The congressman's motions don't have a uniform appearance, either.
By PATRICIA MEADE
VINDICATOR CRIME REPORTER
YOUNGSTOWN -- Perhaps U.S. Rep. James A. Traficant Jr. needs a better proofreader for motions he's filing in federal court and presenting as his own work product.
A curious footnote appears in a 21-page disclosure motion he filed Monday night in his racketeering case that refers to the "undersigned counsel." Since the 17th District congressman, who is not a lawyer, couldn't have been the undersigned counsel, The Vindicator checked to see who had originally authored the footnote, possibly the entire motion.
The footnote is used to further explain why the defendant in the case asks for "due process material" rather than using the classic phrase "Brady material." The requests mean the government must play fairly by turning over evidence favorable to the accused.
A portion of the footnote states:
"For months in 1996 and 1997, in a death penalty case, the undersigned defense counsel argued for months, unsuccessfully, that 'Brady material' also includes impeachment evidence. The court involved finally reversed its position ..."
From death penalty case: It turns out the death penalty case was that of John Santine, who was charged in a murder-for-hire scheme in Trumbull County. Boardman Attys. John B. Juhasz and Thomas E. Zena defended Santine, who was found guilty but escaped the death sentence in 1997.
"That's my footnote, but I didn't give [Traficant] the motion," Juhasz said Thursday evening. As Juhasz looked over the document Traficant filed, the lawyer said, "This is my motion, but retyped."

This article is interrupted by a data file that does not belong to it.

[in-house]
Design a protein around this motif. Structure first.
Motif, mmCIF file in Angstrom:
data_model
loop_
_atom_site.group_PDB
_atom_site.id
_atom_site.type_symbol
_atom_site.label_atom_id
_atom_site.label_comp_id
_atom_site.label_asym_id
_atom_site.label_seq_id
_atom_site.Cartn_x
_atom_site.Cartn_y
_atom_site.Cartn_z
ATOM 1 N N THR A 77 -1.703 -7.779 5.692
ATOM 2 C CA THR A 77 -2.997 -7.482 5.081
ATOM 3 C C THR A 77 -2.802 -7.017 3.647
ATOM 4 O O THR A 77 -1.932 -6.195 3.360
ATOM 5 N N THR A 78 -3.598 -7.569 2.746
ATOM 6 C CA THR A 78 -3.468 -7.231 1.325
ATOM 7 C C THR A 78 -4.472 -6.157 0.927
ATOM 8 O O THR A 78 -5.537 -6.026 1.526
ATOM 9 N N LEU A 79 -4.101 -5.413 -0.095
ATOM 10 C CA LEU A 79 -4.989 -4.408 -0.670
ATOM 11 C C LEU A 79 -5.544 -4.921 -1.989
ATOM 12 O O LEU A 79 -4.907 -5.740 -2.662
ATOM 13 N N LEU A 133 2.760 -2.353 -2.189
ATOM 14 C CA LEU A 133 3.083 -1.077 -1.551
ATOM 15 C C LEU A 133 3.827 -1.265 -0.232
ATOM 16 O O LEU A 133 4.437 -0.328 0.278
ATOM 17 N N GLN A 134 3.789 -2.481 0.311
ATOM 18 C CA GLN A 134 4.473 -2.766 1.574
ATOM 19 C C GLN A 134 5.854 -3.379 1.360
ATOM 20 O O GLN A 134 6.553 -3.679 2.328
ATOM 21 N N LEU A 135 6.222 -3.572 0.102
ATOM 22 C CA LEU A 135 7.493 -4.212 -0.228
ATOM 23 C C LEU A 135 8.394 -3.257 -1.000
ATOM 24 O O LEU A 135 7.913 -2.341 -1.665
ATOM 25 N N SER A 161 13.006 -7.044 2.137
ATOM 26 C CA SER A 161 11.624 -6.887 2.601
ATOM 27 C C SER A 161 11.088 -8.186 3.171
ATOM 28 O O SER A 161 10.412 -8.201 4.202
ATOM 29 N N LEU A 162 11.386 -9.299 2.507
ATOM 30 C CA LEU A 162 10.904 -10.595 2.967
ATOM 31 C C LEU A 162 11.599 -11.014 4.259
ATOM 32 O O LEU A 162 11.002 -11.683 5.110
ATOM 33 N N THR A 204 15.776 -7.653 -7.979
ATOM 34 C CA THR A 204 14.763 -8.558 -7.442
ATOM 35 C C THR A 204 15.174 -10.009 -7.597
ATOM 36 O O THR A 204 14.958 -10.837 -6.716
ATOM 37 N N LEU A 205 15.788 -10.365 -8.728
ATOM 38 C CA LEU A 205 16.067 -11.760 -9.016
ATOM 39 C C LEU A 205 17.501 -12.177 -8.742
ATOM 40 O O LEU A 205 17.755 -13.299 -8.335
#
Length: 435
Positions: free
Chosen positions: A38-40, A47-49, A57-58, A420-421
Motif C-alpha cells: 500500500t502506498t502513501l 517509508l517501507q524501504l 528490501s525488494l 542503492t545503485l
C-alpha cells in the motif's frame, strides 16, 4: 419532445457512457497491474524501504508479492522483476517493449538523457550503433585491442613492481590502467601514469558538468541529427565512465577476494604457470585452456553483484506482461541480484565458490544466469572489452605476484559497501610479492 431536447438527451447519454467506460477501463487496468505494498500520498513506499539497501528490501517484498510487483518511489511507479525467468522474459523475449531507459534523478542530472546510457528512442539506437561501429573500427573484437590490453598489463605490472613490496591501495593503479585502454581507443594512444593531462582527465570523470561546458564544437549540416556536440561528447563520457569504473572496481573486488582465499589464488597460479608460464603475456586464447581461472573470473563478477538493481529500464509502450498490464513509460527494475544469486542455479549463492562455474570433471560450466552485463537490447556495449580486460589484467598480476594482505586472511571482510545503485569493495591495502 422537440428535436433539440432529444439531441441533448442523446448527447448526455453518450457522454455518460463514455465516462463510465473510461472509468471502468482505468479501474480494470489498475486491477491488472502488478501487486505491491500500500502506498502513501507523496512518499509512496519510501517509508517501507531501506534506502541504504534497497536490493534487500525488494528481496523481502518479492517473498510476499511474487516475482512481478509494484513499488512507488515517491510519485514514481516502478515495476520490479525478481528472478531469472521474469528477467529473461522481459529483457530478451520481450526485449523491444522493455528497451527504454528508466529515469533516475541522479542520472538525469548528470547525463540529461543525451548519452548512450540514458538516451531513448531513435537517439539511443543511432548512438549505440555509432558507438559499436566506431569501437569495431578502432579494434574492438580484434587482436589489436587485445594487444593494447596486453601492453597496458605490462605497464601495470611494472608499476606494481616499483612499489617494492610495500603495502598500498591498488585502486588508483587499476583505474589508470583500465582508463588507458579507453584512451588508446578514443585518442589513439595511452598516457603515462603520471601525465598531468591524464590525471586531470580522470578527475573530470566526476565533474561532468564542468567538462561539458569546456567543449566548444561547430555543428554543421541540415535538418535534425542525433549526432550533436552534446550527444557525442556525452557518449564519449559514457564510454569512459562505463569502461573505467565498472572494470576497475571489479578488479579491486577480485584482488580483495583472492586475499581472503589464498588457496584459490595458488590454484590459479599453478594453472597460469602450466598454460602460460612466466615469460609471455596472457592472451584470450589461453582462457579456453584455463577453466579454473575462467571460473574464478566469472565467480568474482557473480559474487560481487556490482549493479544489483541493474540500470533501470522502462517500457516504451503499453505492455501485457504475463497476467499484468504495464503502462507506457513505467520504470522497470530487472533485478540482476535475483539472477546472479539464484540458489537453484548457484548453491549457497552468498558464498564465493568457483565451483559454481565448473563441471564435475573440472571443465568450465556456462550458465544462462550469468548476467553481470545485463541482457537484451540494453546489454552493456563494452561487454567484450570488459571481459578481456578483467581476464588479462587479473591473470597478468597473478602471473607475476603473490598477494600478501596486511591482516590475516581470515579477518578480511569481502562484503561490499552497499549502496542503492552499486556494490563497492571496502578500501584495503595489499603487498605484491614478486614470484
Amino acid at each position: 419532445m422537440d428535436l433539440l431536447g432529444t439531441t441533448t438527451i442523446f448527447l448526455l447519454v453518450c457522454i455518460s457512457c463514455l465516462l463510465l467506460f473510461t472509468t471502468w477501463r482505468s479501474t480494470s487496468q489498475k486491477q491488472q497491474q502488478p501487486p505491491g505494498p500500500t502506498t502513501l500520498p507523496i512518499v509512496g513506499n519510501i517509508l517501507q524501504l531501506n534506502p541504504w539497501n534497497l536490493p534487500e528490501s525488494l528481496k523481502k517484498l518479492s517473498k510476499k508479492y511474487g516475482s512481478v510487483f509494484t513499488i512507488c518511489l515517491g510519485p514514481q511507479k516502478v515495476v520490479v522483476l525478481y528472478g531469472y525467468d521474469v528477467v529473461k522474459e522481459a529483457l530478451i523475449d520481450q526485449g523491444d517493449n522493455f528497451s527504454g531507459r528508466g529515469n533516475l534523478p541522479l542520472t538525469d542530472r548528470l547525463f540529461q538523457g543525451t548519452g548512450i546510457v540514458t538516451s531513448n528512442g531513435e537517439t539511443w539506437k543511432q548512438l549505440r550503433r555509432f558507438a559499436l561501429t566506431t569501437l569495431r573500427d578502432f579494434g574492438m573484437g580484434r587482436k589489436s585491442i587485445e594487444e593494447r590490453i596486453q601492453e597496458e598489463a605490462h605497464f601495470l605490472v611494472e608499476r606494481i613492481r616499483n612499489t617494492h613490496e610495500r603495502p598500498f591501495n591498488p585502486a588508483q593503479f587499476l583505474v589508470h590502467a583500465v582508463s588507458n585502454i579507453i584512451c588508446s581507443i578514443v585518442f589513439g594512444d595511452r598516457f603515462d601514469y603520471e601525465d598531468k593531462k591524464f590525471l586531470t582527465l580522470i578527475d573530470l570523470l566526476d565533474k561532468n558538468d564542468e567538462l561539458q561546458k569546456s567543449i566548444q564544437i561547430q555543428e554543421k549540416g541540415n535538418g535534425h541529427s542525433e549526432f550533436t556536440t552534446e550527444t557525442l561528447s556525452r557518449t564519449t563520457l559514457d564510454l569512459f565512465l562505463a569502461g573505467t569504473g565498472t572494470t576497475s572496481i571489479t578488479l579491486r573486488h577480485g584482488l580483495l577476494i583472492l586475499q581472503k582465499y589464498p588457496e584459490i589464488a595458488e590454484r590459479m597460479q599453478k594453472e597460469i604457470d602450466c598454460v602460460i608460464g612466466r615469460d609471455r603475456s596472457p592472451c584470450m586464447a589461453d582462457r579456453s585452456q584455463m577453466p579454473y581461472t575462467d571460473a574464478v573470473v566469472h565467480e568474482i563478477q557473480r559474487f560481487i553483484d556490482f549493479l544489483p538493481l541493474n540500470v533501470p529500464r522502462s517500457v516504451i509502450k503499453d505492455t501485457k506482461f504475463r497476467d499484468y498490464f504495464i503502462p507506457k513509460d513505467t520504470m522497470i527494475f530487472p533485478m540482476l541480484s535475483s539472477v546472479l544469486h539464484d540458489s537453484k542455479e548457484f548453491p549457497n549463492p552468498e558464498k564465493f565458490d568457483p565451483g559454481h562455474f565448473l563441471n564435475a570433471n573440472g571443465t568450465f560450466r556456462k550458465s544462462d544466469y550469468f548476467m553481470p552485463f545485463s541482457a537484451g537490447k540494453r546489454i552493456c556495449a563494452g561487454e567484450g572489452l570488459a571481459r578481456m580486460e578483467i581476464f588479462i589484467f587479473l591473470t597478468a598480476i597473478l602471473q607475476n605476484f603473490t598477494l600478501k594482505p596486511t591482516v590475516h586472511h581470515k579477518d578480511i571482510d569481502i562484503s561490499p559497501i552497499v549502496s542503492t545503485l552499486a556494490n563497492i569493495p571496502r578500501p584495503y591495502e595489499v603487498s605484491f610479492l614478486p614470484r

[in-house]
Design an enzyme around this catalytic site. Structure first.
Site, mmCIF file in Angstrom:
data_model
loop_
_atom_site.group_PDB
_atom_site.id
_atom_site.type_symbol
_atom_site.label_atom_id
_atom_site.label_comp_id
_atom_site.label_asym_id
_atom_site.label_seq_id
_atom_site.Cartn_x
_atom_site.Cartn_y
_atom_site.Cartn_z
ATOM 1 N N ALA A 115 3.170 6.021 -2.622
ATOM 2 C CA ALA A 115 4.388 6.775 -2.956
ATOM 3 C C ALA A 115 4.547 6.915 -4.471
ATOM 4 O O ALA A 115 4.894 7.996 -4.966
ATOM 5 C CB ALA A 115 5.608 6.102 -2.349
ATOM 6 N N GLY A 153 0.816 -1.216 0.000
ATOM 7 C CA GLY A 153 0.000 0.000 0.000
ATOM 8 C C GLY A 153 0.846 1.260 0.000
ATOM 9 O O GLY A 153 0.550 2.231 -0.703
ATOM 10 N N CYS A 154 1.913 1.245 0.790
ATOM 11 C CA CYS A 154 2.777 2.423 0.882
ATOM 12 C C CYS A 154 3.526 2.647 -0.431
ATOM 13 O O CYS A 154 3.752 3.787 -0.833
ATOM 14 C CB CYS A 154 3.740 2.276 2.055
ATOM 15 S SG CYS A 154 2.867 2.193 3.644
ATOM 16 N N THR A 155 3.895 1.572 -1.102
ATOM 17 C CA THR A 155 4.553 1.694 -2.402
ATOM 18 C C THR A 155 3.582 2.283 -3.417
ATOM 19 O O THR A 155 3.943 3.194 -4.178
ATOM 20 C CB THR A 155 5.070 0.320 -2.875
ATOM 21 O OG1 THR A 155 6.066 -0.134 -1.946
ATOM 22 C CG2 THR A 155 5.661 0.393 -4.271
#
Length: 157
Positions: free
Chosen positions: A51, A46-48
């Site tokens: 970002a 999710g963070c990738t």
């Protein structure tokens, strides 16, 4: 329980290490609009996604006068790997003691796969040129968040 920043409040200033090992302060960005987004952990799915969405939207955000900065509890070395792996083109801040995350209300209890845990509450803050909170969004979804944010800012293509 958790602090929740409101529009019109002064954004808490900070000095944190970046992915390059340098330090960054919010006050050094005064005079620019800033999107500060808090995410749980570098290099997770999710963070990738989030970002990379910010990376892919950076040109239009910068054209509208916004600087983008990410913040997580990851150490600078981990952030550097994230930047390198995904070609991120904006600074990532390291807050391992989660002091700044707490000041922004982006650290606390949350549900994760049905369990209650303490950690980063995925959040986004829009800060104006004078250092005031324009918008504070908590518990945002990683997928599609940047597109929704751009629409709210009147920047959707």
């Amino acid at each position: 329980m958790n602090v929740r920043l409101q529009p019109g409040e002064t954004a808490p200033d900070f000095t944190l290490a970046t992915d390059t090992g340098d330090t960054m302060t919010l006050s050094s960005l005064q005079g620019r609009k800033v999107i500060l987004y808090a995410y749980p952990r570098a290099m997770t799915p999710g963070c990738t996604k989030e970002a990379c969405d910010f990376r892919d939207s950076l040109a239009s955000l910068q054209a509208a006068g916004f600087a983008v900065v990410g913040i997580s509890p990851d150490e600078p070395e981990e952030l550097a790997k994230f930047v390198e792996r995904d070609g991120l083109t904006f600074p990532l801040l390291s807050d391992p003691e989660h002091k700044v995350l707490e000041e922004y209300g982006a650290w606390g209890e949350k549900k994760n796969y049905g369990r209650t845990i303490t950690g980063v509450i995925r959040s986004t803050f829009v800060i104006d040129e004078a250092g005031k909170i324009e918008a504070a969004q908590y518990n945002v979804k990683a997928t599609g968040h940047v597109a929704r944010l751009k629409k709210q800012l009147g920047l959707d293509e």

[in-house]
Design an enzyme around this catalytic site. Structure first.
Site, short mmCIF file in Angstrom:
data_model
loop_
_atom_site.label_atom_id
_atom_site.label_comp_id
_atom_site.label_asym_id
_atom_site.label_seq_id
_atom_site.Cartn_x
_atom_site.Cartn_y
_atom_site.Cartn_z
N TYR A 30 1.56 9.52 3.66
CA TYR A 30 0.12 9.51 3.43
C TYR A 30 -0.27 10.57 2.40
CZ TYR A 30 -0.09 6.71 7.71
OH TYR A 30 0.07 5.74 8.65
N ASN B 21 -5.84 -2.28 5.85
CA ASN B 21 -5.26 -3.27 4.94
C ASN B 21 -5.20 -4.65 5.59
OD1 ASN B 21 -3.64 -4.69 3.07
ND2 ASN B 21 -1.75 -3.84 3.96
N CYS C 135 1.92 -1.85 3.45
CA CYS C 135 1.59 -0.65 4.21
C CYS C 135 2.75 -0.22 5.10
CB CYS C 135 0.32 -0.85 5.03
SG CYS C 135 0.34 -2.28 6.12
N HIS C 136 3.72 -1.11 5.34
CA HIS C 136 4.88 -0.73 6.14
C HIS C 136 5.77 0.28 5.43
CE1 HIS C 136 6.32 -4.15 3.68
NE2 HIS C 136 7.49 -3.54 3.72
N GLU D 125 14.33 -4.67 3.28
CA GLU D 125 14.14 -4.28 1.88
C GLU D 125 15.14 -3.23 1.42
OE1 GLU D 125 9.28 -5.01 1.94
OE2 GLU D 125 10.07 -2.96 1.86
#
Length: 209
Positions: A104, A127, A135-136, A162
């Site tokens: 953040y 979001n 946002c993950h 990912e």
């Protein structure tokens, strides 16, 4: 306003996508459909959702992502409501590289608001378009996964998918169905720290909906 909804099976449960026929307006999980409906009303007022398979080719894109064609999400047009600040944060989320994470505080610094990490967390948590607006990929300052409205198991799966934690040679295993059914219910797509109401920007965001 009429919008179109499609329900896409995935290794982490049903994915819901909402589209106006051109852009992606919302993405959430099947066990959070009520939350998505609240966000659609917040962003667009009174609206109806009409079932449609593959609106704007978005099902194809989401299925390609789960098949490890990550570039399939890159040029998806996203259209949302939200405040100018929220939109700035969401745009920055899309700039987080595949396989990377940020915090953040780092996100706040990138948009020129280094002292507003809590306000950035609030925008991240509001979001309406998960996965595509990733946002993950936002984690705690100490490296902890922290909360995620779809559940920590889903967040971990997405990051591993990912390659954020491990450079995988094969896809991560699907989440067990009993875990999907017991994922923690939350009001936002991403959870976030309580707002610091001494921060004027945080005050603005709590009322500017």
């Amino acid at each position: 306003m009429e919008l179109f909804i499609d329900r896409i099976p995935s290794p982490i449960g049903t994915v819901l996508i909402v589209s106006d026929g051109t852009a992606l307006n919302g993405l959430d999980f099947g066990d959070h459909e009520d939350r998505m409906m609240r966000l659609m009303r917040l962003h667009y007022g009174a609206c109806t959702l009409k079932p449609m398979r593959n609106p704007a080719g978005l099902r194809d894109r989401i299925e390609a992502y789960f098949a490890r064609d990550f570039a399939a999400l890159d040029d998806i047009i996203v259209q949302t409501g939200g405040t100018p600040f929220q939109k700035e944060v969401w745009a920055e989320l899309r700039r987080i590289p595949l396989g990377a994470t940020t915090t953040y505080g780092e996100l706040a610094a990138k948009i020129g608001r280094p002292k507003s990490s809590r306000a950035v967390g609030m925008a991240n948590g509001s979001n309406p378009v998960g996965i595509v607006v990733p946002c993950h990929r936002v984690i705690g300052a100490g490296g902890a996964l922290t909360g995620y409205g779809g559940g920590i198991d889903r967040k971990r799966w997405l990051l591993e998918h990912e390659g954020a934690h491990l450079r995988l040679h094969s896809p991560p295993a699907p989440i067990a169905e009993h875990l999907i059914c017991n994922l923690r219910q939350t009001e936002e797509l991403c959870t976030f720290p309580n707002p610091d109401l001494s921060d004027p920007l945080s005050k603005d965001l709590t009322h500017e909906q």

Juhasz said the motion, designed for a state court case, has been modified slightly by someone to include a reference to the federal rules of criminal procedure. Because motions are public record, Traficant could have obtained it from the clerk of Mahoning County Common Pleas Court, the lawyer said.
"There's nothing I can do about it," Juhasz said. "Motions aren't copyrighted."
Juhasz estimated that a handful of the 25 or so lawyers in town who do criminal defense work have, on occasion, used other lawyers' motions. He said he has from time to time provided to lawyers motions dealing with a specific law he has researched.
Traficant says he will defend himself in February when his racketeering case goes to trial in Cleveland's federal court. He has rejected U.S. District Judge Lesley Brooks Wells' suggestion to get a lawyer or, at the very least, legal advisers.
At his arraignment in May in a 10-count indictment, Traficant asked if handwritten motions were acceptable. The judge told him she accepts all kinds.
She has since scolded him, though, more than once, for faxing motions and reminded him that only originals are accepted by the clerk.
Sample motions: Juhasz said he and Atty. J. Gerald Ingram passed out packets of sample motions, including the one with that "undersigned" footnote, about two months ago at a Mahoning County Bar Association seminar.
Traficant didn't attend the seminar.
When asked if it's possible the motion Traficant submitted came from that sample packet, Juhasz said: "Absolutely."
Requires much research: Juhasz acknowledged that a lot of hard work goes into researching the case law referenced in motions. For example, the 21-page motion Traficant submitted that Juhasz created has 23 footnotes that represent his research.
Without reading the cases researched and referenced, "It's real dangerous to take someone else's motion and file it," Juhasz said.
Typically, lawyers keep standard motions, such as ones that seek prosecution evidence, in their computer, fill in the blanks for a specific case and then print them out.
Of the five motions Traficant filed Monday, only two appear similar in type size and form.
Juhasz demonstrated on his computer how he could change the typeface and appearance to match the 21-page motion Traficant submitted.
Signature missing: Traficant, meanwhile, didn't sign two of the five motions he filed late Monday night.
There's "Respectfully" and "Respectfully submitted" with a line underneath for his signature, but both are blank. He did sign the certification sheets, which show the date when copies were either mailed or hand-delivered to the government.
One certification sheet states the motion was "nailed" to the U.S. attorney's office in Cleveland.